Now, perhaps you may be wondering, why of all things, do I want to be carrying humility? There is no one reason, and the story that I am about to share with you is one of many moments and experiences that have made me realize something important: that a lot of the things that happen in our lives are beyond our control.

In the Spring of my junior year, I studied abroad in India on a program that was focused on sustainable development and social change. We were a group of 25 students from different schools around the US, and the program involved numerous excursions to different parts of Northern India, where we visited local NGOs and grassroots development initiatives. This one time, we were visiting an all-girls elementary school in a small rural village in the northern state of Rajasthan. We were visiting an organization whose focus was to increase access to basic education for young girls in that area. The girls were between 7 – 15 years old, and for many of these girls, given their family background and circumstances, the idea of even attending school was a huge stretch of the imagination.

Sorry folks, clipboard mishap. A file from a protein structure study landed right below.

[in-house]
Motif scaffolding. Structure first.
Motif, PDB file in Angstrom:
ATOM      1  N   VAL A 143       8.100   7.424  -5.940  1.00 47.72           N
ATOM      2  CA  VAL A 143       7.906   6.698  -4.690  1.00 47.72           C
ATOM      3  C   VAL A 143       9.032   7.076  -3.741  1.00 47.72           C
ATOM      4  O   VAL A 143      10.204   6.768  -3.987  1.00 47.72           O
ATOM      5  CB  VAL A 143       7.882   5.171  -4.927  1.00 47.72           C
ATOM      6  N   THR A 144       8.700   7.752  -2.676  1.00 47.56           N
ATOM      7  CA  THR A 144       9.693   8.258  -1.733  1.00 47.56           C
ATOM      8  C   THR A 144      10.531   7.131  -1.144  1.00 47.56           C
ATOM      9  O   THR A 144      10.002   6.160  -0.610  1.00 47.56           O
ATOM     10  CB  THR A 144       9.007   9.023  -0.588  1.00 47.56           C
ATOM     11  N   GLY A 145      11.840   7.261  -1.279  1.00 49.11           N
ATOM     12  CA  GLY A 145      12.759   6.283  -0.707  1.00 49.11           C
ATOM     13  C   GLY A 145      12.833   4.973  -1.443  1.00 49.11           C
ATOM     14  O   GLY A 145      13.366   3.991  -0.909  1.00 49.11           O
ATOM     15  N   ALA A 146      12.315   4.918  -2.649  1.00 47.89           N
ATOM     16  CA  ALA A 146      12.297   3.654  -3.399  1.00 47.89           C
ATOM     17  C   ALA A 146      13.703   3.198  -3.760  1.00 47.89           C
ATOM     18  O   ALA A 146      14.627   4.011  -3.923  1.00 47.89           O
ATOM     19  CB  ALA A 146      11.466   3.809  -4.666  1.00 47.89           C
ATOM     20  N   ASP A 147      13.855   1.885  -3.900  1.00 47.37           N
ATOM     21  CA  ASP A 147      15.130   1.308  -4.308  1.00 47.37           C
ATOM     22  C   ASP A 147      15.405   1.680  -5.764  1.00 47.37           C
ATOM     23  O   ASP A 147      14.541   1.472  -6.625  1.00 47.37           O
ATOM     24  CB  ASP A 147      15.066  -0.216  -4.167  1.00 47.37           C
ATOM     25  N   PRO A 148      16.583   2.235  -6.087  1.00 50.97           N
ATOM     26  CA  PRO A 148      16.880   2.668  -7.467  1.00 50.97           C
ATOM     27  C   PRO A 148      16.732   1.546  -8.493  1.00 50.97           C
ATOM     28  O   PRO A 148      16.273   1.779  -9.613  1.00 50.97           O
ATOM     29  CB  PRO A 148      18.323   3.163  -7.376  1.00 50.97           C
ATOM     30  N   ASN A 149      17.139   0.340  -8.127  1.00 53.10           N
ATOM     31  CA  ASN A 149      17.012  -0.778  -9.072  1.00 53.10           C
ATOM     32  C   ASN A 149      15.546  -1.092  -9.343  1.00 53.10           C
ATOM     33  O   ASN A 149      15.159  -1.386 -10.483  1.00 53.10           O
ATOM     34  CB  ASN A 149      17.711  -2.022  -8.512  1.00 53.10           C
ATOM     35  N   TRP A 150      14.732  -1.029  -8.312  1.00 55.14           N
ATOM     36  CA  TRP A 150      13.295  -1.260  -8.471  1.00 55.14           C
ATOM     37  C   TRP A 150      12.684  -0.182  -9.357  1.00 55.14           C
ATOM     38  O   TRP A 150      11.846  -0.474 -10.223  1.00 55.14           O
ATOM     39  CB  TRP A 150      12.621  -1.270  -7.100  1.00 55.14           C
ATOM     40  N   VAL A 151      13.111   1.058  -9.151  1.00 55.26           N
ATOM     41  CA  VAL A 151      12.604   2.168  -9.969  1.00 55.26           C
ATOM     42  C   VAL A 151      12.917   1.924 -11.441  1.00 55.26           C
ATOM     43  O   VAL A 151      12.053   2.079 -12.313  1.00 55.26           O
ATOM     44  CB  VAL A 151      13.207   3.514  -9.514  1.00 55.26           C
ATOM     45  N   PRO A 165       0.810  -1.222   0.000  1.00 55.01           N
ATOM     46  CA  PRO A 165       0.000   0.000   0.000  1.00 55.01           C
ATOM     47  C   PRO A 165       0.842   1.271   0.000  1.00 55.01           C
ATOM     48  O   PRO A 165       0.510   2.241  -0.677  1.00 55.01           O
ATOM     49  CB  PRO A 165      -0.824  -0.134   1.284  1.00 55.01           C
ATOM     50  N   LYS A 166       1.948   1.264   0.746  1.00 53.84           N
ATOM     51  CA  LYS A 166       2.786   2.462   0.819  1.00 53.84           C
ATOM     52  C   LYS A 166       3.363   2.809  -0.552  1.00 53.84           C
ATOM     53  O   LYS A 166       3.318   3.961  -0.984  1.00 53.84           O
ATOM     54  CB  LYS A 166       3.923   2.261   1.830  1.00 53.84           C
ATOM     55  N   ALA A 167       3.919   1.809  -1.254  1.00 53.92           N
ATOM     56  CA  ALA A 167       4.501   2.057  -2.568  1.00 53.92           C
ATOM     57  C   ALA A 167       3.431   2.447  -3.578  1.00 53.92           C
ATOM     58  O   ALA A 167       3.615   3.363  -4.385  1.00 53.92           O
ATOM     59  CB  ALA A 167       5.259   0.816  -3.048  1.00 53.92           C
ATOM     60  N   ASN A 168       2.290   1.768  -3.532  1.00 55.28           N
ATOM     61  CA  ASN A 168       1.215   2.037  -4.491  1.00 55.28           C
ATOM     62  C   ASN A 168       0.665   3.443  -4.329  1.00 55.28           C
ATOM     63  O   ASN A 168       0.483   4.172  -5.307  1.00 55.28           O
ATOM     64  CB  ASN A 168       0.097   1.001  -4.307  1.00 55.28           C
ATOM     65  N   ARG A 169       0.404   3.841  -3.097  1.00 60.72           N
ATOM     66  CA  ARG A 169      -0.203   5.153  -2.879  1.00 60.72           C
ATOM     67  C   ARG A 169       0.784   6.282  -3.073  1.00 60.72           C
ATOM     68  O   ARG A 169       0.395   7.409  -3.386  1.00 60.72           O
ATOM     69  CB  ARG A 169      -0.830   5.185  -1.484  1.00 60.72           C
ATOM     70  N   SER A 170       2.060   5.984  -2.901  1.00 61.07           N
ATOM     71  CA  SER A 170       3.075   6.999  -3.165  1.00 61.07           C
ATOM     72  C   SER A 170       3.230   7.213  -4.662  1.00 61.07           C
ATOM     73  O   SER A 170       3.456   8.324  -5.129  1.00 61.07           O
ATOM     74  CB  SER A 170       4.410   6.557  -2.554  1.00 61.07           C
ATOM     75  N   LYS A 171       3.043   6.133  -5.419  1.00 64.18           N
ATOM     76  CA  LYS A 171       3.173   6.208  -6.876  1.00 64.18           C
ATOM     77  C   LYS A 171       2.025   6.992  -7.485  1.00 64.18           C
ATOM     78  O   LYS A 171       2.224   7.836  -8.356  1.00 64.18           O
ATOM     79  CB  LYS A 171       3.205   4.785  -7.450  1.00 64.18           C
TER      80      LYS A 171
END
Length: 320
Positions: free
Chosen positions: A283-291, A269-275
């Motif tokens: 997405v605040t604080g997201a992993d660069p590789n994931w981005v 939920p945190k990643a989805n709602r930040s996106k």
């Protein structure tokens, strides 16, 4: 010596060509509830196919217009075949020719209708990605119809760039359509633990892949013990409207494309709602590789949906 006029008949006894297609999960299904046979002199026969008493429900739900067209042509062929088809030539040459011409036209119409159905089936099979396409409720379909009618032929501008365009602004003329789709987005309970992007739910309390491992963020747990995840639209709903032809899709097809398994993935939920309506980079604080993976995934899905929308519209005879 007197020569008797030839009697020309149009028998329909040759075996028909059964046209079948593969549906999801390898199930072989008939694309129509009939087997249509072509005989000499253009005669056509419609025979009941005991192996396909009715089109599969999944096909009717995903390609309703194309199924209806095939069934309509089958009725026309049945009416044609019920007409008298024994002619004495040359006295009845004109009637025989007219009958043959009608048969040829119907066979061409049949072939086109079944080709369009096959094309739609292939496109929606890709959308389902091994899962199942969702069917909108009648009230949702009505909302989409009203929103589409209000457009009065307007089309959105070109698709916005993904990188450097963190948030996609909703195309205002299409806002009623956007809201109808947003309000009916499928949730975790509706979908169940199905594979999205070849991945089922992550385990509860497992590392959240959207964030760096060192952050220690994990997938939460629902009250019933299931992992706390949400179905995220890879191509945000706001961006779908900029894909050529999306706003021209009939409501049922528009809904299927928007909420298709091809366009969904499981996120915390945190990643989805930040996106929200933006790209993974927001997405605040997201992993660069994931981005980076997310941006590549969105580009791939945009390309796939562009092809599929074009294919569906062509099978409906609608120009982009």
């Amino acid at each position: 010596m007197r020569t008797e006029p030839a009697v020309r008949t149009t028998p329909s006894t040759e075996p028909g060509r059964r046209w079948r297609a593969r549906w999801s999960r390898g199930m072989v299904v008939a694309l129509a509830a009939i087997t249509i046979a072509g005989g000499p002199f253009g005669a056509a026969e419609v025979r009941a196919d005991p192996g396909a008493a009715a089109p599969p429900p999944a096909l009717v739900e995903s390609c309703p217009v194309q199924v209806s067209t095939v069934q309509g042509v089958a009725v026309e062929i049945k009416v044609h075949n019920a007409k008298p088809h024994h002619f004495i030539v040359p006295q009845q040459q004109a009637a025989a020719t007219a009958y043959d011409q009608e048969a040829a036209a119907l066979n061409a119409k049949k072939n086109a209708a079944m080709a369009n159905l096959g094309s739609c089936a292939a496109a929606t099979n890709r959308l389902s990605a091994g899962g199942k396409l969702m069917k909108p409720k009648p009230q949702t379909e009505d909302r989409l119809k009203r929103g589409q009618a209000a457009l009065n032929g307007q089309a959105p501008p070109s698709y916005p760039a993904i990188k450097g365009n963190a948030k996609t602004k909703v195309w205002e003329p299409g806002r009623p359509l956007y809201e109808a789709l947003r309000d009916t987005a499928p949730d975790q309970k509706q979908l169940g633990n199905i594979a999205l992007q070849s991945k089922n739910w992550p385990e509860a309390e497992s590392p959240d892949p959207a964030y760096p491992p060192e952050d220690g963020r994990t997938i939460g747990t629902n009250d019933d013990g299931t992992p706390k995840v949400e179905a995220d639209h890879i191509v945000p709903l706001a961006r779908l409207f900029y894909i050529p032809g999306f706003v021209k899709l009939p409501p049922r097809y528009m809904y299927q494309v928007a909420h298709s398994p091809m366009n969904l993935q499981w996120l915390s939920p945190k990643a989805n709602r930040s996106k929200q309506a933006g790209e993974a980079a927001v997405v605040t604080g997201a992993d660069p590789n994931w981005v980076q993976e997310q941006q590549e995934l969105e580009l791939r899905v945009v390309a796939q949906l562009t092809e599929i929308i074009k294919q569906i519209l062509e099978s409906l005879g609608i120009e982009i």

That hot and dry afternoon, we were all seated in a small classroom for introductions; our group across from the group of shy but giggly and excited girls. There was this one girl, who was quieter than the rest, who was seated right across from me; we caught each others’ eyes a couple of times and we smiled. As I looked at her, I started to imagine what her life must be like: what did she do first thing when she woke up, what her hobbies were, if she had siblings or not. If she had a favourite Indian dessert. And then, I started thinking about my own life, and I thought about how different it was from hers. We both represented two very distinct sets of life experiences, and I couldn’t help think about the little and not-so-little privileges I enjoy: of having a college-education, of having the freedom and means to travel and see new places, of having access to opportunities for my own self-growth and development. It wasn’t that my life was better than hers, or hers better than mine. They were just different; we each lived very distinct lives with their own particular struggles.

Our lives were different, but I could also see how they could be similar, perhaps in the aspirations and dreams we both have for ourselves; to learn and seek knowledge, to make our families proud, to be good human beings. Perhaps we were both similar in our determination and zeal to fulfill these dreams. As we sat across from each other, I saw quite vividly how easily my life could’ve been hers and how she could have been living mine. That it was random chance that we were born into the families, places and circumstances that led us to where we were in that moment, sitting on the opposite sides of that classroom. That had things happened quite differently in our past, our life paths could’ve been very different than the ones we were on.